You Can’t Beet It
There are few foods as a child I can recall my parents ate that I automatically put in the “It’s nasty” category. You know a child; you didn’t have to taste it, see it, or experience it to determine it was on your list of hated foods and veggies. Well, as a child, beets were almost number one on my list. My father used to eat a traditional Jewish dish called beet borsch, which was cooked fresh beets, served in cold cream. In my opinion, that red “blood” look swimming in that white cream couldn’t have looked more unappetizing and there was no way I was eating it like that. Well, some things haven’t changed. I still won’t eat them swimming in a bowl of cream, but I have learned to greatly enjoy them juiced, served raw on summer salads and understand their amazing health benefits. There are few natural sources of foods that can truly earn the title of a “Super Food”, but in the case of the little bright red gem, beets have earned their super food title and compared to many vitamin supplements and foods today, it’s hard to beat!
British researchers conducted studies which found that athletes who drank beet juice mixed with a little apple juice before working out reported better endurance and a lower resting blood pressure than those who did not. The performance boost is thought to be from the nitrates found in the root. Additional research suggests that a beet-apple juice mixture could make certain activities (like walking) less exhausting for seniors.
Beets contain high levels of antioxidant and anti-inflammatory agents that studies show may help reduce the risk of some cancers. They get their striking red color from betacyanin; a plant pigment that some preliminary research indicates might help defend cells against harmful carcinogens. Also, high levels of a unique fiber found in beets may be linked to a lower colon cancer risk.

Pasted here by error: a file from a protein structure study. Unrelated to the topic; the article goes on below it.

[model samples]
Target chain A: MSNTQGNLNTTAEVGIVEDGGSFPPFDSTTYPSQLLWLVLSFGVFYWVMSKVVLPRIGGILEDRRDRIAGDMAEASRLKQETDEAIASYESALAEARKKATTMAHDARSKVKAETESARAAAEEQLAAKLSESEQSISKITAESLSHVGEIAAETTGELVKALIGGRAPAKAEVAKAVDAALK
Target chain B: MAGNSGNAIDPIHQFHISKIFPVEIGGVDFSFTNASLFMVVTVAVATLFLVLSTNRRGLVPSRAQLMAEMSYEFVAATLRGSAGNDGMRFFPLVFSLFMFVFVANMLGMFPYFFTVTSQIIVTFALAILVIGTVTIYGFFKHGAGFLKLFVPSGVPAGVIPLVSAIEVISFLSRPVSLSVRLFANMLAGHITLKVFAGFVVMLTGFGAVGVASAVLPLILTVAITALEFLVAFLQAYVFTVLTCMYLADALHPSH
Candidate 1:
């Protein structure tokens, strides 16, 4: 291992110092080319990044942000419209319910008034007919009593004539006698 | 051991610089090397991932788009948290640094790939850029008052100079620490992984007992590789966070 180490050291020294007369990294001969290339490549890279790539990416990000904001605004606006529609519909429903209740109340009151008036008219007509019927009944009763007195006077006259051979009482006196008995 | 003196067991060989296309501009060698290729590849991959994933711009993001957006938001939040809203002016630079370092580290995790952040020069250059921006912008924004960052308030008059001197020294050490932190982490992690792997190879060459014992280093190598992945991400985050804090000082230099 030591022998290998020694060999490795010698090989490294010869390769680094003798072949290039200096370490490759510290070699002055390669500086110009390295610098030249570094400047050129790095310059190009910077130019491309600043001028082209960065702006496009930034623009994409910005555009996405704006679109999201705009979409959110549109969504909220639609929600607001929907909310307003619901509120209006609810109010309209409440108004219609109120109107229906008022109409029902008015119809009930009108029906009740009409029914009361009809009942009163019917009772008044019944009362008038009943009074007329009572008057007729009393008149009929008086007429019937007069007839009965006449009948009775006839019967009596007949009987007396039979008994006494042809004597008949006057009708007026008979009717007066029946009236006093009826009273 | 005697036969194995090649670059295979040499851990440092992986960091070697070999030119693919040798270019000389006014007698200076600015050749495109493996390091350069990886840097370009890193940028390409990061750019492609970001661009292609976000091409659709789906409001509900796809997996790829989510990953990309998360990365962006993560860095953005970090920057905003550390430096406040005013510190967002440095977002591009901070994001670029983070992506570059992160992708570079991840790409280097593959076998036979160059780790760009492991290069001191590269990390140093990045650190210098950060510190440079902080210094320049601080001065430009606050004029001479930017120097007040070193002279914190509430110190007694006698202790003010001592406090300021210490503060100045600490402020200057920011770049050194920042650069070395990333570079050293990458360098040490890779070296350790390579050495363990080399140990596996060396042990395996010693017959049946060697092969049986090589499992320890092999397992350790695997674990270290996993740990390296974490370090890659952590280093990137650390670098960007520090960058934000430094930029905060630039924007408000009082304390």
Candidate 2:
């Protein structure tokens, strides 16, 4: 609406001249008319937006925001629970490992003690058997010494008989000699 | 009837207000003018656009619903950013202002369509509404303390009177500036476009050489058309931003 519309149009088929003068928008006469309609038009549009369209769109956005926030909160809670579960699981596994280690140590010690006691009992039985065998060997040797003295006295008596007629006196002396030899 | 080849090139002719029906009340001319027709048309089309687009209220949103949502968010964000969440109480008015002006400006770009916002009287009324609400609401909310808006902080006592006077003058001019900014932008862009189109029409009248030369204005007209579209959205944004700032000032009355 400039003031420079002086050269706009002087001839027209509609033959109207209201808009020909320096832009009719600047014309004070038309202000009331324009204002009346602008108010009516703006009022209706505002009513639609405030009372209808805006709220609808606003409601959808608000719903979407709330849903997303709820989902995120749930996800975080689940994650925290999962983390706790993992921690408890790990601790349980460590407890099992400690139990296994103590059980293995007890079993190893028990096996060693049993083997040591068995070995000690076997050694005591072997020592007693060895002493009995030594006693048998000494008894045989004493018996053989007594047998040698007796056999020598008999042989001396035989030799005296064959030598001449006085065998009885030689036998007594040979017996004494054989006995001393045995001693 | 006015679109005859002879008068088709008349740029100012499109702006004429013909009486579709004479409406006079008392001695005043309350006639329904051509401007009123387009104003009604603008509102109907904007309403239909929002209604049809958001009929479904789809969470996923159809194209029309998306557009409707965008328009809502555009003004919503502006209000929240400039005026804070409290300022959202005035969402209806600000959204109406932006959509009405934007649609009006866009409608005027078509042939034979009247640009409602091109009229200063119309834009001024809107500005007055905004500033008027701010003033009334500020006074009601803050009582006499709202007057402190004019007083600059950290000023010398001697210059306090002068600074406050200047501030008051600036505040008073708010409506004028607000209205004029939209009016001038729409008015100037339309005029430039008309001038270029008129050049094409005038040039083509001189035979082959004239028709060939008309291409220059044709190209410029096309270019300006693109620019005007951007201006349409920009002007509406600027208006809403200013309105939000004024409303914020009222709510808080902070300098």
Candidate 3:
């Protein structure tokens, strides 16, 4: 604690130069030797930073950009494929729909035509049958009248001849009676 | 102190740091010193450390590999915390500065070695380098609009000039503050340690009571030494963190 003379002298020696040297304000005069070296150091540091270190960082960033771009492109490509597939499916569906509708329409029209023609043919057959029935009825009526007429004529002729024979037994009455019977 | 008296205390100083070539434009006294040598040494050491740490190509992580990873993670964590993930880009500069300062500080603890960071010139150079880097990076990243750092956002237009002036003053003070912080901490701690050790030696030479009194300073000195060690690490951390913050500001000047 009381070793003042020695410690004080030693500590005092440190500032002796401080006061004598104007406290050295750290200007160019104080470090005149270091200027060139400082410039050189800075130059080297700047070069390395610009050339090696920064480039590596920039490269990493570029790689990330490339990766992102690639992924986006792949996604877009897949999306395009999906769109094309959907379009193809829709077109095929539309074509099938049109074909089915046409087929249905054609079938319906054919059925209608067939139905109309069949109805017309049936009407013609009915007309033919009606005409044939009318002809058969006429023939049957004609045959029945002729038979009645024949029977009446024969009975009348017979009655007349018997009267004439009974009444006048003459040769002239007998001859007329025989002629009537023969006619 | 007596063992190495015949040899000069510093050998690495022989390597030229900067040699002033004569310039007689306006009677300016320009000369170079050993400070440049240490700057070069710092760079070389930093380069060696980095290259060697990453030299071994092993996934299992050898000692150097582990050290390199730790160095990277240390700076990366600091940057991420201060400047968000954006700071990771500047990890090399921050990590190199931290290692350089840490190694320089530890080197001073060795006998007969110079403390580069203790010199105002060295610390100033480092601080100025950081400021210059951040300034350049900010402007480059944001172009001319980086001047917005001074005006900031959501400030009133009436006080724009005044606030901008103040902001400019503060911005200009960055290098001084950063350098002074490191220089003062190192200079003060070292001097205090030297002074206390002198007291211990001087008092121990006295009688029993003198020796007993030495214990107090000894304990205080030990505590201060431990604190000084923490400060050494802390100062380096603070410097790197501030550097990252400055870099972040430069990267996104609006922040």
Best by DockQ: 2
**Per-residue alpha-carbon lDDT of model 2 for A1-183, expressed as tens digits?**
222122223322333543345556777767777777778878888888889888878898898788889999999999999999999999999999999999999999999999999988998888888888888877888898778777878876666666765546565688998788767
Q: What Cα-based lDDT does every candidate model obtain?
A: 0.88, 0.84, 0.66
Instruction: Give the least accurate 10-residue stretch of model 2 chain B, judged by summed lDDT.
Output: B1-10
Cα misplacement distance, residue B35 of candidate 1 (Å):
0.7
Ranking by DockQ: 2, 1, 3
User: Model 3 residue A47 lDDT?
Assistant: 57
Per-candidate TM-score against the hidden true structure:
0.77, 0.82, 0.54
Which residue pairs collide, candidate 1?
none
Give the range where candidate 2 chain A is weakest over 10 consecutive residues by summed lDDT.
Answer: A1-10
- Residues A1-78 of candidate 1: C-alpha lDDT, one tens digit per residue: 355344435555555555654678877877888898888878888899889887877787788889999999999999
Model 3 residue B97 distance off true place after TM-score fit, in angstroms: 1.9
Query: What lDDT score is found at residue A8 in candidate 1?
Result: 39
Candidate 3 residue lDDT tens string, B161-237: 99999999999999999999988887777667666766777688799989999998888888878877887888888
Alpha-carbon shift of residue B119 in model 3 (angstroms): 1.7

Beets are a good source of foliate and betaine. These nutrients act together to help lower blood levels of homocysteine, which can increase your risk of heart disease by causing artery-damaging inflammation.
Beet greens are a good source of lutein, an antioxidant that helps protect the eyes from age-related macular degeneration and cataracts. They also contain a wide variety of phytochemicals that may help improve the health of your eyes and nerve tissues.
Beets produce nitric acid, which helps increase blood flow throughout your body, including to your brain. MRIs done on older adults showed that after eating a high-nitrate diet that included beet juice, the subjects had more blood flow to the white matter of their frontal lobes.
If you’re prone to kidney stones, you might want to eat beet greens with caution. They’re high in oxalates, which can form small crystals and contribute to the development of kidney stones.
Beets are high in oxalate, which can contribute to gout, a type of arthritis that develops when too much uric acid builds up in the body.